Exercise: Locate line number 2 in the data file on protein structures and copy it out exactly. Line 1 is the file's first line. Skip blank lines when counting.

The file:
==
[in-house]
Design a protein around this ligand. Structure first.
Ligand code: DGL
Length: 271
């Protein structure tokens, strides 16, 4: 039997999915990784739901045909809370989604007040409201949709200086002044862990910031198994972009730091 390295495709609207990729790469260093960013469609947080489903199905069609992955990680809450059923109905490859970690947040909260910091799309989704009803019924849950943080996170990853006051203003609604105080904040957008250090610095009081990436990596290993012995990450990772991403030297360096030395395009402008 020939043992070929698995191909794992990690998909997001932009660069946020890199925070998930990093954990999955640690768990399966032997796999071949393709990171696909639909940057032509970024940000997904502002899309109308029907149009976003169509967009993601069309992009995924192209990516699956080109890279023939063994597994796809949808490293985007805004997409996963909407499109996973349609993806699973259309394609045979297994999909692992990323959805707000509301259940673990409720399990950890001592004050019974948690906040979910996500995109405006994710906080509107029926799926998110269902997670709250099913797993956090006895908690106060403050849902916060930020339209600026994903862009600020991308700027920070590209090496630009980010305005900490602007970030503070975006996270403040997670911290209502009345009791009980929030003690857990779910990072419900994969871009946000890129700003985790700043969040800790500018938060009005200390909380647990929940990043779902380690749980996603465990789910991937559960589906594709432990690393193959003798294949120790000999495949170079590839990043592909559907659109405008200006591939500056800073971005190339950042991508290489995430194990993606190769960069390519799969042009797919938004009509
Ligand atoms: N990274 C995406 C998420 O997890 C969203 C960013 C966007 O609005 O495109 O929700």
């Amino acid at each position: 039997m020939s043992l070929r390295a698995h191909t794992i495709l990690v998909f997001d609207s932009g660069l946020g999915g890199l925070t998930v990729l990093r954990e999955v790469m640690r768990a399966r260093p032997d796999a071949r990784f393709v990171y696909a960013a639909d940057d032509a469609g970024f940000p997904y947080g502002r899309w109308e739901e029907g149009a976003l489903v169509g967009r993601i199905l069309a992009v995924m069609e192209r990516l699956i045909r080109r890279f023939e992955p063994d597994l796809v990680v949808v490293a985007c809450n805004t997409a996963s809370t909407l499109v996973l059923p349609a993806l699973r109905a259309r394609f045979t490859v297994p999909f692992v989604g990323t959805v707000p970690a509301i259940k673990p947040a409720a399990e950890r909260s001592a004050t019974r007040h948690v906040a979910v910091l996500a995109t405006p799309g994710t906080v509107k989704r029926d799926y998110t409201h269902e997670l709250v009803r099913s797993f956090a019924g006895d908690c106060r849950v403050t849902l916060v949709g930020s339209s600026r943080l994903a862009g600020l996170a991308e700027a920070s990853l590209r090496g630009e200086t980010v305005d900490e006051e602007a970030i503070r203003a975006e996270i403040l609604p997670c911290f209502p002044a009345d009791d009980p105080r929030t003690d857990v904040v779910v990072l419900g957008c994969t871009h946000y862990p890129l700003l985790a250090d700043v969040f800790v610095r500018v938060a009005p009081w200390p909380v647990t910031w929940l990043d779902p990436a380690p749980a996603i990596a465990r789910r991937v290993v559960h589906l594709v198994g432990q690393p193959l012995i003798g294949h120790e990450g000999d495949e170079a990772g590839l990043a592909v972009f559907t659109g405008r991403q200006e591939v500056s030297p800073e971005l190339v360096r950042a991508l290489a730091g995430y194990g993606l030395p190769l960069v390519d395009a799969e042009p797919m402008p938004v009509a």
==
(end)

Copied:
Design a protein around this ligand. Structure first.